Friday, 18 May 2012

Discovering the Caste System in Azad Kashmir as a British Kashmiri

Written by Sameer Hussain
Many years ago, during a school holiday visit to Dadyal (Azad Kashmir), I became aware of the importance given to the caste system in my region. I was with a friend at his shop in the Bazaar, when he asked me about my friends in England. I told him I had several friends whose families originate from Pakistan and even from Azad Kashmir. He then asked me to name a few close friends and was curious to know what caste they belonged to. When I explained that I didn’t know what caste any of my close friends were from, he was shocked and for a moment he failed to believe what I’d said. I realised that locals had a habit of asking people what their caste was, that’s if they didn’t already know.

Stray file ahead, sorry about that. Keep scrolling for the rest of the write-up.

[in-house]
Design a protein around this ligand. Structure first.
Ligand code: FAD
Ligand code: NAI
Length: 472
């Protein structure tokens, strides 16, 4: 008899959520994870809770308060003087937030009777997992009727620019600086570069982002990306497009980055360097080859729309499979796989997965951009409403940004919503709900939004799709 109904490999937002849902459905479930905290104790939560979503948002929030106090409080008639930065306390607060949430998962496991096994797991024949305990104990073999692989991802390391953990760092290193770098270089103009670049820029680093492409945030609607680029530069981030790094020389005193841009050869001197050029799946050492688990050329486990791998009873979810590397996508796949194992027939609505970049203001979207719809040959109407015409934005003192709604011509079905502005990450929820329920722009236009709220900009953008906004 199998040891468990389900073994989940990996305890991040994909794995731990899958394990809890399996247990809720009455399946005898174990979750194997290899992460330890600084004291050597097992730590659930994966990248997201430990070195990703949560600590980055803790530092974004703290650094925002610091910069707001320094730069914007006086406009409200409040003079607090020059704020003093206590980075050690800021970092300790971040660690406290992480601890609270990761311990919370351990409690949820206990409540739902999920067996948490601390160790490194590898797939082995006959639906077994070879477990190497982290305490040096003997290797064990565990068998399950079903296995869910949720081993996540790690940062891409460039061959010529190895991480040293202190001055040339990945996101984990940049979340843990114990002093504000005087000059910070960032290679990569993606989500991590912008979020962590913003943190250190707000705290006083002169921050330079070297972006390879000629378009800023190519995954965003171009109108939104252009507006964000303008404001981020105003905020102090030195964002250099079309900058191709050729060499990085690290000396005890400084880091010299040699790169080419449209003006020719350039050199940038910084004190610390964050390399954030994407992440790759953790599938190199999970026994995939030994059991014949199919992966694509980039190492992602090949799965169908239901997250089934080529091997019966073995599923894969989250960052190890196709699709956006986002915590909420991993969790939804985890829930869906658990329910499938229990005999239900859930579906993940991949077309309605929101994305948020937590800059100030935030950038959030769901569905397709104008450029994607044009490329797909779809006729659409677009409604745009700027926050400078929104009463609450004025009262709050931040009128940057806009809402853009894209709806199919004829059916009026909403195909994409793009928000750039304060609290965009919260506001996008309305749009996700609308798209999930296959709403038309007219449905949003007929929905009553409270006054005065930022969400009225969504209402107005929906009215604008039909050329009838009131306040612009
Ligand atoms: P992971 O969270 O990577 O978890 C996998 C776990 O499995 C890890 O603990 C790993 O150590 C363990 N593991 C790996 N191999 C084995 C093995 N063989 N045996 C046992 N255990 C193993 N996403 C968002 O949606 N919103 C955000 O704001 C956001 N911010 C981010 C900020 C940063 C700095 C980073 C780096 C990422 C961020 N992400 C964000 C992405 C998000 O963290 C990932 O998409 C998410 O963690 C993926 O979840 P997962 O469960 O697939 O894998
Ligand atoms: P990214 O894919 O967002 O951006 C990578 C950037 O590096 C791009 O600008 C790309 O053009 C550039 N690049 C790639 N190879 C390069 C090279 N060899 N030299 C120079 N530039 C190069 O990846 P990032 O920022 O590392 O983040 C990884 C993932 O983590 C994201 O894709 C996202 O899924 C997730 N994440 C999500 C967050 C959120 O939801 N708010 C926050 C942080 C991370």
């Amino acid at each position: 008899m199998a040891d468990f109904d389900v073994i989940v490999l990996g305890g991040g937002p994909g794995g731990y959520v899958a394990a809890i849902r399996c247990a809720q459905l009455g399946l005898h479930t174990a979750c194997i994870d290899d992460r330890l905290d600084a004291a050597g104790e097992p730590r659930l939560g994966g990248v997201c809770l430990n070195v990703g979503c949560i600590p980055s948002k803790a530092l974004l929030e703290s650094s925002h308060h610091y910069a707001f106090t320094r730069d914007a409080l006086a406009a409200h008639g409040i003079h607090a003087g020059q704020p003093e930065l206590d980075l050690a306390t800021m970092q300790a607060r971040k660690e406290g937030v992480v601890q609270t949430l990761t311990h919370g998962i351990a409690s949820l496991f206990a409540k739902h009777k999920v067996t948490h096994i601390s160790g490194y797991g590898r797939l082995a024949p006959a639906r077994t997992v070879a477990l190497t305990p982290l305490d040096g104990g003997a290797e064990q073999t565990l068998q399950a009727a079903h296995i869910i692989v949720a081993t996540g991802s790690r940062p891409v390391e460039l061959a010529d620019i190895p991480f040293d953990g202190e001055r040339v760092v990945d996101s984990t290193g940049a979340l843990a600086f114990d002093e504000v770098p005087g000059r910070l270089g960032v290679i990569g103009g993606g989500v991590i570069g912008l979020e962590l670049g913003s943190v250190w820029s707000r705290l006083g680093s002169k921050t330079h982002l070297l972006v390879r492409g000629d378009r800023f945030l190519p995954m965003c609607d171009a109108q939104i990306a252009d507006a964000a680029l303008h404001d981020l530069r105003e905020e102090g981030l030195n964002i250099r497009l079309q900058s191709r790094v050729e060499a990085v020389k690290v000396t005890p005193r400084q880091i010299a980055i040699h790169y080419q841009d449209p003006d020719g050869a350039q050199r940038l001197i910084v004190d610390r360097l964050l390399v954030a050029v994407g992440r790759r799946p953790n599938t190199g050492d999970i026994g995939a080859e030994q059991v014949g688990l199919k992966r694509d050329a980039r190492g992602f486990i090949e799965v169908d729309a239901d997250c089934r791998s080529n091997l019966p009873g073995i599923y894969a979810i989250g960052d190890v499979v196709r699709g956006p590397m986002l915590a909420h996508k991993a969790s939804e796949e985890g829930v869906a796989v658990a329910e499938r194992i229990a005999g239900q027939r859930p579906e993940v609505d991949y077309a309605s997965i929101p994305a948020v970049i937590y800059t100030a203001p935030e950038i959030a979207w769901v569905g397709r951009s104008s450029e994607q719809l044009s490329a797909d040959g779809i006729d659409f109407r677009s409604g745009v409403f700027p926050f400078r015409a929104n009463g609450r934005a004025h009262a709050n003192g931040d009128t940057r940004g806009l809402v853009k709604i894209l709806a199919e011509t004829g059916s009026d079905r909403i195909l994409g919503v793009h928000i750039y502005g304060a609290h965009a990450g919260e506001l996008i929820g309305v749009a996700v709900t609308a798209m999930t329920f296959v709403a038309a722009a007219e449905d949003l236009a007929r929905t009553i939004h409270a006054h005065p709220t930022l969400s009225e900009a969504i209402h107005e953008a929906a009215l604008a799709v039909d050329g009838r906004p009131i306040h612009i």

I found it quite strange at first, because whilst studying Religious Studies at school, I learnt that the Hindu religion had a caste system but there was no such system or its equivalent in Islam. In fact, Islam opposed the concept of a caste system altogether, as it undermined the importance attached to unity. I had no doubt come across the names of a few castes mentioned in various conversations but I assumed that they were merely family names and not associated with a caste system. I recall that my Grandfather often referred to one of my Uncles as ‘Chaudhary’ with great pride in his voice, as if it was a title of great significance and deserved admiration. I began to pose questions and I then grasped that a caste system was undeniably in place. I discovered the names of some of the castes such as Chaudhary, Raja, Khawaja, Ansari, Masalli, Gujjar, Sanyaray, Malik, etc. To complicate things further, I learnt that some castes are given more than just one name e.g. people from the Chaudhary caste are also known as Jatt. Some castes are divided further into groups and even those groups are at times divided even further. For example, within the Raja caste, one of the groups is  that of the Keyani's and within it you will find there are other groups, one of which is known as the Gakhar's. Understanding the caste system itself is quite a challenge and no doubt my knowledge is and probably will always be limited as is the case with most people I assume, with the exception of the odd historian. I realised that the word ‘Baradri’ is used to refer to caste. I often heard people making comments such as ‘apni baradri ne log” meaning people of our own caste. It made me think how we have so many castes and members of each one in a strange way are made to feel a part of their own clan, and that caste is regarded as an important part of an individual’s identity. People are stereotyped, judged, ignored, disrespected, welcomed, loved, married, and all these actions are somewhat based on caste.